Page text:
The Browns' last road trip was a memorable one.
Will Sunday's game at St. Louis' Edward Jones Dome? If the following five facets break Cleveland's way, that's a good bet.
1) Who's carrying the load?
The Browns divided their 30 carries for running backs as equally as possible last week against the Broncos. Duke Johnson Jr. had nine for 38 yards, Isaiah Crowell had 11 for 32 and Robert Turbin, in his Browns debut, ran 10 times for 27.
Browns offensive coordinator John DeFilippo has said he likes to ride the hot hand. The most runs attempted by a Cleveland running back in a single game this season is Crowell's 15 for 72 yards against the Titans in Week 2. On the season, Crowell has 73 carries and Johnson has 49.
The competition among the three remains spirited and healthy. Crowell and especially Johnson Jr. have shown they can make an impact in the passing game, and Turbin came to Cleveland with 43 career receptions.
"I feel like we're still competing every day," Crowell said. "We've just got to see. I know I've been grinding it out each and every week and they have been, too. We're just pushing each other, basically."
2) The Rams' special tendencies on special teams
Mike Pettine phrased the Rams' approach to punts in a unique way.
"They view the punt as an offensive play," he said.
The Browns are always on their toes for a fake punt even though they've yet to defend one this season. The likelihood increases against the Rams, whose special teams units are led by the respected John Fassel.
In a win last season against the Seahawks, the Rams not only executed a fake punt to seal the game, but also used a rare trick play return to score a touchdown. Punter Johnny Hekker is 6-for-8 on his career as a passer and Tavon Austin is one of the game's most dynamic returners.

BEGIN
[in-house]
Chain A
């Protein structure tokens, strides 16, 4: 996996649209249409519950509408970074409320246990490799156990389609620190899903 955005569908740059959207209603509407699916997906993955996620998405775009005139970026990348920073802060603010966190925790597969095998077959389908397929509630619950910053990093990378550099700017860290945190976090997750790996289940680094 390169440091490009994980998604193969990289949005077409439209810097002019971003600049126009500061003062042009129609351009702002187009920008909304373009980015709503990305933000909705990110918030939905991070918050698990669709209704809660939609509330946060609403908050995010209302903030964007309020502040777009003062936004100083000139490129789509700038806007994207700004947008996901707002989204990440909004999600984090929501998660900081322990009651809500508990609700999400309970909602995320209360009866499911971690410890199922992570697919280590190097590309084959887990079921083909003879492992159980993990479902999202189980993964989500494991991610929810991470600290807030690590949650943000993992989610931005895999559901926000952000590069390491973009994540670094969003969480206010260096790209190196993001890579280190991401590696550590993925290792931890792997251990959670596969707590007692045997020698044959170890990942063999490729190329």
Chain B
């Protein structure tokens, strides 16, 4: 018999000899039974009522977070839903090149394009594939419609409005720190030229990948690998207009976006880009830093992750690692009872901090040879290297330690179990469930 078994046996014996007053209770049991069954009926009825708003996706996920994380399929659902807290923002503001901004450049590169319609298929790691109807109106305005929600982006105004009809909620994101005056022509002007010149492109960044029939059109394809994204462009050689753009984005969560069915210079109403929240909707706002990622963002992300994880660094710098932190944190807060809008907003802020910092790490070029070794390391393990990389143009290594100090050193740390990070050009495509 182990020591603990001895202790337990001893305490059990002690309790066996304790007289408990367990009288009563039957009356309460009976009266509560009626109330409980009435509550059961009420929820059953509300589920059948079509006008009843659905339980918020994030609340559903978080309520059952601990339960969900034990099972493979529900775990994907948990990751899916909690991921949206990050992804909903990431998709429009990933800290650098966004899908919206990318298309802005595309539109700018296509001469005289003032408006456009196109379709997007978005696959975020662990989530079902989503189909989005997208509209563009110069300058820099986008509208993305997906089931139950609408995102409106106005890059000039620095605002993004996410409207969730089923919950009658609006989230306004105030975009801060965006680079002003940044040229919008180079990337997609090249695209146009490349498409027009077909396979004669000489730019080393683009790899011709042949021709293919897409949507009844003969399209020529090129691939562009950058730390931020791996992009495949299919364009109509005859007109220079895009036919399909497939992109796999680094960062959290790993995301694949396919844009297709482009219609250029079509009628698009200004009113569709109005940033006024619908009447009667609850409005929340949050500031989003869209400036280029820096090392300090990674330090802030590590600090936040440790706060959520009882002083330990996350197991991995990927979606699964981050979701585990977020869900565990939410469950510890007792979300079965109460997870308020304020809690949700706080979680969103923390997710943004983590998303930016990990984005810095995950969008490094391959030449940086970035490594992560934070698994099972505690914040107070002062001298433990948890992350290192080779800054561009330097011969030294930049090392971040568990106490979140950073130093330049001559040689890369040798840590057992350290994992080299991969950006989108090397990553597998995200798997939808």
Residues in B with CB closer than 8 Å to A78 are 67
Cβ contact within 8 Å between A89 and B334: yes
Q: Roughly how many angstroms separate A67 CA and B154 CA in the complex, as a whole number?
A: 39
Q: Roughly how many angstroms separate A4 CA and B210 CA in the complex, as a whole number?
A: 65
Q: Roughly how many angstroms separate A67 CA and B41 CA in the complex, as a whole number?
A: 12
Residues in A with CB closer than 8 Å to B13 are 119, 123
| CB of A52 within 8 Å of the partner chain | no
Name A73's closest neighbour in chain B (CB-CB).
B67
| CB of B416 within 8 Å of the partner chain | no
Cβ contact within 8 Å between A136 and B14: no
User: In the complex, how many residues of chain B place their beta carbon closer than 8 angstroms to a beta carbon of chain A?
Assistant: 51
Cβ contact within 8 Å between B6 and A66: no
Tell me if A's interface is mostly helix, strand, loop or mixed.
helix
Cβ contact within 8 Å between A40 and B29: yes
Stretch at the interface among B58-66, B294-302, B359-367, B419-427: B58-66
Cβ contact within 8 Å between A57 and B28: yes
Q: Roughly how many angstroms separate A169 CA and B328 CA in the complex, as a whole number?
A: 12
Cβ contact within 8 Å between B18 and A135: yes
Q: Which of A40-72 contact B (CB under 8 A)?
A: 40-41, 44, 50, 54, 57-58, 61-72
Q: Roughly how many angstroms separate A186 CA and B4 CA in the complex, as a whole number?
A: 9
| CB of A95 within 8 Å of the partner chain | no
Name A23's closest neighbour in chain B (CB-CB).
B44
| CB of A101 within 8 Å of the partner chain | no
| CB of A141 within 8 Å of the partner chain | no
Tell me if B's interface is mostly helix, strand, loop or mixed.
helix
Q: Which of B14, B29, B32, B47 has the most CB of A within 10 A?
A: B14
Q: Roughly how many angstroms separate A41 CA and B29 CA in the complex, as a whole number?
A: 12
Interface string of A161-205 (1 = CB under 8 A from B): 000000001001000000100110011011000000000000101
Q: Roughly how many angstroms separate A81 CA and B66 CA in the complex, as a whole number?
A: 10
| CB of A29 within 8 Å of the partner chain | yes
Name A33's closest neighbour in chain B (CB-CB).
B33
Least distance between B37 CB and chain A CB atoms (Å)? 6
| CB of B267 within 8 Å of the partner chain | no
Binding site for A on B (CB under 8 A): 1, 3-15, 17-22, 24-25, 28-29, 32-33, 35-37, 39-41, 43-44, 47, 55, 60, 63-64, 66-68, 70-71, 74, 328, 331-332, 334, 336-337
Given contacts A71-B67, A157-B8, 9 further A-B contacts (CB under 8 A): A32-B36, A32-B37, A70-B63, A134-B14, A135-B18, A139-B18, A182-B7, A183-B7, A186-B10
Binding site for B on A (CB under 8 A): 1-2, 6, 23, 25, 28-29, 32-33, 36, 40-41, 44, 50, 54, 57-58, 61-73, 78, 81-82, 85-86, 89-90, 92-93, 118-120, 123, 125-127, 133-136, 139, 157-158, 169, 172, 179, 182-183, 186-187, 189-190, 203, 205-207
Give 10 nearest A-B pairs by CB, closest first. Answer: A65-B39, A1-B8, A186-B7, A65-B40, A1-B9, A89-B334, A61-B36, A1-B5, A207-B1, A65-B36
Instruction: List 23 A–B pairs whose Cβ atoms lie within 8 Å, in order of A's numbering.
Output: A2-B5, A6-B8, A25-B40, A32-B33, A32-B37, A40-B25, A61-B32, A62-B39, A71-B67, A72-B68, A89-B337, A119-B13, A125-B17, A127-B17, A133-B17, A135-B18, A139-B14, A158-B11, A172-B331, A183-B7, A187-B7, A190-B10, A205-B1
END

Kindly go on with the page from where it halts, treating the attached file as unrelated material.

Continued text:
"They do a lot of things to test you," Pettine said. "They force you to sometimes go vanilla in the punt return game, and that is an advantage for them.
3) Right at home on the road
The Browns offense hasn't been fazed by hostile road conditions in its past two games. Josh McCown, in particular, has been terrific away from Cleveland, even when you count the season opener.
In his three road starts, McCown is 73-for-100 for 862 yards, four touchdowns, no interceptions and a quarterback rating of 112.2. Slow starts were a bit of an issue at San Diego and Baltimore, but they were quickly overcome by productive second and third quarters that kept the Browns in the game.
The Rams, meanwhile, have played two of their best defensive games at Edward Jones Dome, though their best ended as a 12-6 loss to Pittsburgh.
4) Turnover watch
When questions surfaced about the Browns' interception drought from Week 1 to Week 5, defensive coordinator Jim O'Neil promised they came in bunches.
He turned out to be prophetic, as the Browns intercepted Peyton Manning three times last week after registering just one turnover in the previous three games. The problem? One week after going turnover-free in Baltimore, the Cleveland offense gave it up three times. Denver turned those turnovers into 10 points. The Browns only cashed in their three for seven, and those were a result of Karlos Dansby returning his second interception for a touchdown.
The Rams are middle of the pack when it comes to turnover margin at 1 for the season. In their Week 4 upset at Arizona, the Rams forced three turnovers and didn't commit any in the 24-22 victory.
The Browns are 0-3 when they commit more turnovers than their opponent.
5) St. Louis' run-pass ratio
No matter the score, St. Louis isn't going to back off its run-first approach now that rookie Todd Gurley is rolling.
In its last two games, St. Louis has either run for the same amount of yardage as it's passed for or far exceeded it. Only four running backs are averaging more than Gurley's 18.3 carries per game, and that total's skewed because of the nine attempts he received in his NFL debut. He has 49 in the last two games.
The key will be limiting what Gurley accomplish on first and second downs and forcing the Rams into predictable passing plays on third down. The Rams have picked up 15 first downs on the ground and 16 through the air over their past two games.
In St. Louis' three losses, quarterback Nick Foles has averaged 5.42 yards per attempt.